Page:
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Scale 3535: "Mylygic"

Scale 3535: Mylygic, Ian Ring Music Theory

Bracelet Diagram

The bracelet shows tones that are in this scale, starting from the top (12 o'clock), going clockwise in ascending semitones. The "i" icon marks imperfect tones that do not have a tone a fifth above. Dotted lines indicate axes of symmetry.

Tonnetz Diagram

41161837294116105072918310504116183
Tonnetz diagrams are popular in Neo-Riemannian theory. Notes are arranged in a lattice where perfect 5th intervals are from left to right, major third are northeast, and major 6th intervals are northwest. Other directions are inverse of their opposite. This diagram helps to visualize common triads (they're triangles) and circle-of-fifth relationships (horizontal lines).

Common Names

Zeitler
Mylygic

Analysis

Cardinality

Cardinality is the count of how many pitches are in the scale.

9 (nonatonic)

Pitch Class Set

The tones in this scale, expressed as numbers from 0 to 11

{0,1,2,3,6,7,8,10,11}

Forte Number

A code assigned by theorist Alan Forte, for this pitch class set and all of its transpositional (rotation) and inversional (reflection) transformations.

9-4

Rotational Symmetry

Some scales have rotational symmetry, sometimes known as "limited transposition". If there are any rotational symmetries, these are the intervals of periodicity.

none

Reflection Axes

If a scale has an axis of reflective symmetry, then it can transform into itself by inversion. It also implies that the scale has Ridge Tones. Notably an axis of reflection can occur directly on a tone or half way between two tones.

none

Palindromicity

A palindromic scale has the same pattern of intervals both ascending and descending.

no

Chirality

A chiral scale can not be transformed into its inverse by rotation. If a scale is chiral, then it has an enantiomorph.

yes
enantiomorph: 3703

Hemitonia

A hemitone is two tones separated by a semitone interval. Hemitonia describes how many such hemitones exist.

7 (multihemitonic)

Cohemitonia

A cohemitone is an instance of two adjacent hemitones. Cohemitonia describes how many such cohemitones exist.

5 (multicohemitonic)

Imperfections

An imperfection is a tone which does not have a perfect fifth above it in the scale. This value is the quantity of imperfections in this scale.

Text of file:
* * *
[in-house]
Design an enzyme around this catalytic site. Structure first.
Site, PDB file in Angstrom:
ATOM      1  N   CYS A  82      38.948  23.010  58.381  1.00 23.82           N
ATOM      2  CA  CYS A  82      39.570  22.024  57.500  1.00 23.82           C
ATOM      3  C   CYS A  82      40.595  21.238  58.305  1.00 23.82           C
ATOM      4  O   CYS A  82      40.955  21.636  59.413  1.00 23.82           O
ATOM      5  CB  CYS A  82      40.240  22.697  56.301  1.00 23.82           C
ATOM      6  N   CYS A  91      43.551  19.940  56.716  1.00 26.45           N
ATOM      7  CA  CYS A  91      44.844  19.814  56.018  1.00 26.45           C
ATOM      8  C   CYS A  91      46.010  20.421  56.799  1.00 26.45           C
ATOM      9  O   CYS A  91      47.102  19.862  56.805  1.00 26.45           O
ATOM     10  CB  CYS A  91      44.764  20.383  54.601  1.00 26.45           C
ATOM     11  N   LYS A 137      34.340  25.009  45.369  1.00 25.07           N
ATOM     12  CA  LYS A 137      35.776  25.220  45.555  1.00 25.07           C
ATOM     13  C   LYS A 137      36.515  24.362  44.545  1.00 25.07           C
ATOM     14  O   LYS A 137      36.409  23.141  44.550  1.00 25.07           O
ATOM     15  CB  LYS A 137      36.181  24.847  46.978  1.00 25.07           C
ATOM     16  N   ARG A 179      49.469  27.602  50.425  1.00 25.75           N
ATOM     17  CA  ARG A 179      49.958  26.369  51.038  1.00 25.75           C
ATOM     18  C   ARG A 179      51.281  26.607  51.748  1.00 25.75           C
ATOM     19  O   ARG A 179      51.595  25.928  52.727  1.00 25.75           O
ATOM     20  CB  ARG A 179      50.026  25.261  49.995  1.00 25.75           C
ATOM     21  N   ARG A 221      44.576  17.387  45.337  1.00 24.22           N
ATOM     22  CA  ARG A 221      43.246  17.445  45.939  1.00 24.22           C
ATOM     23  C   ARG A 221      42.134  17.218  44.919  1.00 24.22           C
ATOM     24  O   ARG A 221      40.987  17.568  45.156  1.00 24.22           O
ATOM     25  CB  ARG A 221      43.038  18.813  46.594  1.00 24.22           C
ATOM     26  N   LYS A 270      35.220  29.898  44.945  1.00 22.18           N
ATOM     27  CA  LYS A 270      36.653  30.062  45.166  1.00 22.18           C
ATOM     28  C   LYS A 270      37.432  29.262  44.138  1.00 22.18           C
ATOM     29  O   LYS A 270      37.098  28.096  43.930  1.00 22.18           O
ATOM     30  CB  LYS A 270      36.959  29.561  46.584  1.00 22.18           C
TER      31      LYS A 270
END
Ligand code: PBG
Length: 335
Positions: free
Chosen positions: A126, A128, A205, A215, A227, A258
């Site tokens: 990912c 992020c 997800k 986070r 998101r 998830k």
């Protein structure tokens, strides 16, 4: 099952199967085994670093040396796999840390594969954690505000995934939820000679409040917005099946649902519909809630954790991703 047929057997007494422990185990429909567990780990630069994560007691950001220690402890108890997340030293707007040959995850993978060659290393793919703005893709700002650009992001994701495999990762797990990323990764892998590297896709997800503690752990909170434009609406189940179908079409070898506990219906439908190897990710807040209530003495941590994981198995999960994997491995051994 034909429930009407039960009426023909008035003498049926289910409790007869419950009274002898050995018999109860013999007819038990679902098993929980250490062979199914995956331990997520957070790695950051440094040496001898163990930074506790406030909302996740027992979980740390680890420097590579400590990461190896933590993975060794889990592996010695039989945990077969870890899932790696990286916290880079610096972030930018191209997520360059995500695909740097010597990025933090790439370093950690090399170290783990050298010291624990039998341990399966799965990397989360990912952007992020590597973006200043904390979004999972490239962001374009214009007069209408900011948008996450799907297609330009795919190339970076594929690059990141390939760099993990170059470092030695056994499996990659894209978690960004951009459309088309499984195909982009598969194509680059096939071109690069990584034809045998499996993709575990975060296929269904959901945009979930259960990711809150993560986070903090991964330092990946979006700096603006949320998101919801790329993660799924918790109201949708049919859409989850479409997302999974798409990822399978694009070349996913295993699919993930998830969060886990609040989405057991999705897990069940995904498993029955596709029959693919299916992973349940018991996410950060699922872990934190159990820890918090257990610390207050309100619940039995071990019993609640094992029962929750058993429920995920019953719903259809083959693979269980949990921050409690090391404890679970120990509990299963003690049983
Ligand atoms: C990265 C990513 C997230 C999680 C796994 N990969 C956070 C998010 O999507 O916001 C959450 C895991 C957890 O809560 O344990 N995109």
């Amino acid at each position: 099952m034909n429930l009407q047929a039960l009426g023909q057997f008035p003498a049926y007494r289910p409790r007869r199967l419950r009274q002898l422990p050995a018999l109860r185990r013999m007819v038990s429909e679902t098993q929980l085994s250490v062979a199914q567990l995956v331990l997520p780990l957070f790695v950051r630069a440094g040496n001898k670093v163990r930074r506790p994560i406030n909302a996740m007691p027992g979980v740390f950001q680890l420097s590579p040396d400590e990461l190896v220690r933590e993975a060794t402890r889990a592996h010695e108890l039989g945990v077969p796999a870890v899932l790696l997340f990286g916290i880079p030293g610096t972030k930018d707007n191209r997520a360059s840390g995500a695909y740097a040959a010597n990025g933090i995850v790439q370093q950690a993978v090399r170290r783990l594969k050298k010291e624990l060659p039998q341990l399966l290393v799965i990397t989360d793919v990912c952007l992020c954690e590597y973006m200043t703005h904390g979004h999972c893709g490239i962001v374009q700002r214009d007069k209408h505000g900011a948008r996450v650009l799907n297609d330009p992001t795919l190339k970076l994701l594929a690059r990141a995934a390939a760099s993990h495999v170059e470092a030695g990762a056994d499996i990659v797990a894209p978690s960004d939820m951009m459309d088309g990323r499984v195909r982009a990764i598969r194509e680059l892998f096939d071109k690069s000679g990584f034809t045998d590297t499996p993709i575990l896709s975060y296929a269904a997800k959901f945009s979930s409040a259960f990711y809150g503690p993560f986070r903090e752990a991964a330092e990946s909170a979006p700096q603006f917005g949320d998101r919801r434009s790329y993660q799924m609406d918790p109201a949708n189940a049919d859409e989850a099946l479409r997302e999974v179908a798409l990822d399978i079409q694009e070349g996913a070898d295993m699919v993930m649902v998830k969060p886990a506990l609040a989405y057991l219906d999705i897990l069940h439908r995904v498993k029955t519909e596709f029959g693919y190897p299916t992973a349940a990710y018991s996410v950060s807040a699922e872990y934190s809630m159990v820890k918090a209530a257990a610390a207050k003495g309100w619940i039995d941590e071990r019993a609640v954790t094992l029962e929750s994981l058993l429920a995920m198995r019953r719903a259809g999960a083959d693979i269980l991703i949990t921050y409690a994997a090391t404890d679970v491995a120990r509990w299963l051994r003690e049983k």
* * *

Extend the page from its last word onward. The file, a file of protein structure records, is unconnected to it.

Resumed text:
2

Modes

Modes are the rotational transformations of this scale. This number does not include the scale itself, so the number is usually one less than its cardinality; unless there are rotational symmetries then there are even fewer modes.

8

Prime Form

Describes if this scale is in prime form, using the Rahn/Ring formula.

no
prime: 959

Deep Scale

A deep scale is one where the interval vector has 6 different digits.

no

Interval Vector

Describes the intervallic content of the scale, read from left to right as the number of occurences of each interval size from semitone, up to six semitones.

[7, 6, 6, 7, 7, 3]

Interval Spectrum

The same as the Interval Vector, but expressed in a syntax used by Howard Hansen.

p7m7n6s6d7t3

Distribution Spectra

Describes the specific interval sizes that exist for each generic interval size. Each generic <g> has a spectrum {n,...}. The Spectrum Width is the difference between the highest and lowest values in each spectrum.

<1> = {1,2,3}
<2> = {2,3,4}
<3> = {3,4,5}
<4> = {4,5,6,7}
<5> = {5,6,7,8}
<6> = {7,8,9}
<7> = {8,9,10}
<8> = {9,10,11}

Spectra Variation

Determined by the Distribution Spectra; this is the sum of all spectrum widths divided by the scale cardinality.

2

Maximally Even

A scale is maximally even if the tones are optimally spaced apart from each other.

no

Maximal Area Set

A scale is a maximal area set if a polygon described by vertices dodecimetrically placed around a circle produces the maximal interior area for scales of the same cardinality. All maximally even sets have maximal area, but not all maximal area sets are maximally even.

no

Interior Area

Area of the polygon described by vertices placed for each tone of the scale dodecimetrically around a unit circle, ie a circle with radius of 1.

2.683

Polygon Perimeter

Perimeter of the polygon described by vertices placed for each tone of the scale dodecimetrically around a unit circle.

6.038

Myhill Property

A scale has Myhill Property if the Interval Spectra has exactly two specific intervals for every generic interval.

no

Balanced

A scale is balanced if the distribution of its tones would satisfy the "centrifuge problem", ie are placed such that it would balance on its centre point.

no

Ridge Tones

Ridge Tones are those that appear in all transpositions of a scale upon the members of that scale. Ridge Tones correspond directly with axes of reflective symmetry.

none

Propriety

Also known as Rothenberg Propriety, named after its inventor. Propriety describes whether every specific interval is uniquely mapped to a generic interval. A scale is either "Proper", "Strictly Proper", or "Improper".